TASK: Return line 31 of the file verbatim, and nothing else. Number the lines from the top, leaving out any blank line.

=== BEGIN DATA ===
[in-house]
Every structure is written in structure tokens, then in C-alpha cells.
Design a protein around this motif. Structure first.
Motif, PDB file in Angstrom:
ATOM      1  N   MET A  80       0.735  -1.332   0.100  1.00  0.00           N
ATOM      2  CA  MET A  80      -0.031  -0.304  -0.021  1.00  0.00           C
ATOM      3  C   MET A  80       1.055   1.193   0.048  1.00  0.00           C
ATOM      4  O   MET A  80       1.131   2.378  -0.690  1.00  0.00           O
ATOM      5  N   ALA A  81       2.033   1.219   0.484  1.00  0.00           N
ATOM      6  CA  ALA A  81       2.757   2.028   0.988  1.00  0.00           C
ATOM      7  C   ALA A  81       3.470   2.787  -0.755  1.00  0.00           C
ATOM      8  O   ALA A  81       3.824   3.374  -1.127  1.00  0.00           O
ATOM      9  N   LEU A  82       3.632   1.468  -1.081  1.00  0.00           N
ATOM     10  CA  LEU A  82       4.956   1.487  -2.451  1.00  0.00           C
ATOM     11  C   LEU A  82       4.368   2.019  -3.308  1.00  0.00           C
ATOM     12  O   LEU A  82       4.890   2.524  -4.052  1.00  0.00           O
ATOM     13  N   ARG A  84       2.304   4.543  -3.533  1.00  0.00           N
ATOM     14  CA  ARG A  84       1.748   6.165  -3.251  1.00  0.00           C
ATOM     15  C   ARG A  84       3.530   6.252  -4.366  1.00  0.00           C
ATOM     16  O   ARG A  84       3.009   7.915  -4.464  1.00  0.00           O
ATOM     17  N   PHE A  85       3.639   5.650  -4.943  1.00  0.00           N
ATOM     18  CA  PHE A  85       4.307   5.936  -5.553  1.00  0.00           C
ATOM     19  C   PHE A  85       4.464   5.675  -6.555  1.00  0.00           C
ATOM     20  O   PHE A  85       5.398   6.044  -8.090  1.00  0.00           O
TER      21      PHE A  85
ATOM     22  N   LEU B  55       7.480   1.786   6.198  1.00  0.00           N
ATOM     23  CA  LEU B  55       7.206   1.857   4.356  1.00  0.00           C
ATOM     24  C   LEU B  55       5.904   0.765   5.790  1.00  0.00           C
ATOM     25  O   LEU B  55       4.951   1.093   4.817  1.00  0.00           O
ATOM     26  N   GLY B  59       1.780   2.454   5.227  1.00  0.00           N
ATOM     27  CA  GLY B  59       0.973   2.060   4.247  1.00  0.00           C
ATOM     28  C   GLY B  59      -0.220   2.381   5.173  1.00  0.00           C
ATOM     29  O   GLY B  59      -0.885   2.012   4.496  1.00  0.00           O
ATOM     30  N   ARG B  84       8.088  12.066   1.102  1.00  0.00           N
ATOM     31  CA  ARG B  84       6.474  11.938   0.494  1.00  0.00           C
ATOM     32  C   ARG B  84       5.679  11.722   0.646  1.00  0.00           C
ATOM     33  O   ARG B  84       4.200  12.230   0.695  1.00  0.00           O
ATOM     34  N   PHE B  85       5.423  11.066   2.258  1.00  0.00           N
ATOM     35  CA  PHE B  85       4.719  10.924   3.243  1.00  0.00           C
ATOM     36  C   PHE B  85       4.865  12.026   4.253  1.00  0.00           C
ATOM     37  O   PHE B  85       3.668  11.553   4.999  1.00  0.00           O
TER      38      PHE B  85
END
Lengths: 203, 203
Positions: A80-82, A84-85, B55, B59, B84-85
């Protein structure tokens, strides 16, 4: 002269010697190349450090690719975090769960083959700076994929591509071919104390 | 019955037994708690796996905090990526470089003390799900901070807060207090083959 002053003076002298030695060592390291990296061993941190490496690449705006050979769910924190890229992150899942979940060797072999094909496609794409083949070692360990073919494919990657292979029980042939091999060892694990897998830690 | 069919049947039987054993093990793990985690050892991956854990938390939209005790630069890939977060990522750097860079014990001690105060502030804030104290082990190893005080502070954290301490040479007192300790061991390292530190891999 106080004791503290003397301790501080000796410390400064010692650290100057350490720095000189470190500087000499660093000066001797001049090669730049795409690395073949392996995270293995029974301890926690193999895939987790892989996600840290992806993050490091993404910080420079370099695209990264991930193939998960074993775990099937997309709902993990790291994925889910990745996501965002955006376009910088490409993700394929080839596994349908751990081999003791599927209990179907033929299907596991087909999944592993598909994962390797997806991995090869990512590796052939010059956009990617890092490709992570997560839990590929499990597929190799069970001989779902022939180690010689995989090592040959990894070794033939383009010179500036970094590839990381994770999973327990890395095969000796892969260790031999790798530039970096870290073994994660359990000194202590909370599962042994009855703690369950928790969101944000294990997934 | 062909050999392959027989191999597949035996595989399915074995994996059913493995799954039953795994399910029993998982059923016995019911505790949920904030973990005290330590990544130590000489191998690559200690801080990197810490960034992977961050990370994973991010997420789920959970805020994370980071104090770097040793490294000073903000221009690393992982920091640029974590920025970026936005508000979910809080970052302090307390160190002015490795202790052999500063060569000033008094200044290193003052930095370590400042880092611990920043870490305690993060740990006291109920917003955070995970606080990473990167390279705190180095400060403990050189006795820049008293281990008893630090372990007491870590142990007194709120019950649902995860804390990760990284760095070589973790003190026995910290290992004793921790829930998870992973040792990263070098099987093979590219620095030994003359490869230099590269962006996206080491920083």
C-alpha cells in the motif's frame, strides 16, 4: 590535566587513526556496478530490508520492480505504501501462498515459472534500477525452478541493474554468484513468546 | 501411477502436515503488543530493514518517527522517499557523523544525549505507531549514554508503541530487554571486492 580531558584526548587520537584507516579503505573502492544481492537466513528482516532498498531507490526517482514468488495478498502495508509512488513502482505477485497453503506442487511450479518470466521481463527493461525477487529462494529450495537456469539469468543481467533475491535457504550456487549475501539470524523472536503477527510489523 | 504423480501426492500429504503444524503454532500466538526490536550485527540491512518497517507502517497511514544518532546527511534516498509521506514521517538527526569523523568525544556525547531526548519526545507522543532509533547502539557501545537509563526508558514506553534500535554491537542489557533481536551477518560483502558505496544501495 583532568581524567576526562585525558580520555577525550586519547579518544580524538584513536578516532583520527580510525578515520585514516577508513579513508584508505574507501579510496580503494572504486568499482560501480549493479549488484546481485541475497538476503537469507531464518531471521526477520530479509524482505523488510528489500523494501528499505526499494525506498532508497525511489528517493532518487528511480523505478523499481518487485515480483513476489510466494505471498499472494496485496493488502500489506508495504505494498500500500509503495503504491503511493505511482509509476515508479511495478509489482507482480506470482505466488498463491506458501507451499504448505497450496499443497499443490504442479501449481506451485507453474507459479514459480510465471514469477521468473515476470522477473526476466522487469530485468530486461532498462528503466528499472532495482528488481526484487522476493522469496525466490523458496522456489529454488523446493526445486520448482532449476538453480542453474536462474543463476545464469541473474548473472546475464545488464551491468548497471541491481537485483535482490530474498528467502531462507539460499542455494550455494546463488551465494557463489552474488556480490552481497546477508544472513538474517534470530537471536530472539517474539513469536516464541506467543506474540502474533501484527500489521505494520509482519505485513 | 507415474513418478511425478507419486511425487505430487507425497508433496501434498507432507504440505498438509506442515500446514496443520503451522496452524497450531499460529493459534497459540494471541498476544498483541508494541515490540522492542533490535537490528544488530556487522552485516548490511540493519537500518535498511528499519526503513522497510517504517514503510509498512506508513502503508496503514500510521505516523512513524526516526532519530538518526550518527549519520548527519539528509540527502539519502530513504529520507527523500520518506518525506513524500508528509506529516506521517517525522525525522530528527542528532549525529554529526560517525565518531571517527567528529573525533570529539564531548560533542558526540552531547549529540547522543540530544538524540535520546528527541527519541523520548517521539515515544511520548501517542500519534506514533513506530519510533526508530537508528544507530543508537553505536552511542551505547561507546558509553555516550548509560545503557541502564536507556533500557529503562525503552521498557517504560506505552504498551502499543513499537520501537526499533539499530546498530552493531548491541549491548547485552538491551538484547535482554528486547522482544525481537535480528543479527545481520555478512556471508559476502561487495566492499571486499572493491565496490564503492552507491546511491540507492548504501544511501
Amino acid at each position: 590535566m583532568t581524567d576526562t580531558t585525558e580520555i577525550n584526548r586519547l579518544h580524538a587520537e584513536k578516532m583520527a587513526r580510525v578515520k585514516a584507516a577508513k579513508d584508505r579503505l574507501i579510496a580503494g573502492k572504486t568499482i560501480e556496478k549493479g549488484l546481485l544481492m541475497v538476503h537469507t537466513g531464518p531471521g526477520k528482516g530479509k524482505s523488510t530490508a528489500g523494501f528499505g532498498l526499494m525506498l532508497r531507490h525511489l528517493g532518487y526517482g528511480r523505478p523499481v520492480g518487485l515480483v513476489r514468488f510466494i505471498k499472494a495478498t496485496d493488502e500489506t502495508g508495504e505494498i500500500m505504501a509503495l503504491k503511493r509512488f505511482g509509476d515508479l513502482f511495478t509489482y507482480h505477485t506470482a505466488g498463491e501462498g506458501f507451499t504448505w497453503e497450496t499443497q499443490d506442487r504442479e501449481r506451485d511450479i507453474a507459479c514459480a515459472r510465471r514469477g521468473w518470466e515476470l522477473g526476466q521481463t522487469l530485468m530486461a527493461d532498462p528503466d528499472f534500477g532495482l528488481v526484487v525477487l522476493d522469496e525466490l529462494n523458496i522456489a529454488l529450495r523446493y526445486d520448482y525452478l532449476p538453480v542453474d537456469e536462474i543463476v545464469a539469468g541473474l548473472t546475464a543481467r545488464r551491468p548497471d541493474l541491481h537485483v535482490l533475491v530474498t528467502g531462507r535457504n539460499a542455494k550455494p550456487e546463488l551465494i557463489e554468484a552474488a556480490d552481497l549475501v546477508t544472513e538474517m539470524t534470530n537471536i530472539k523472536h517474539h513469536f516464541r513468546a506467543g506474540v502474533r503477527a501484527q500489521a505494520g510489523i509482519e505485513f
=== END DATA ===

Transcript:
ATOM     27  CA  GLY B  59       0.973   2.060   4.247  1.00  0.00           C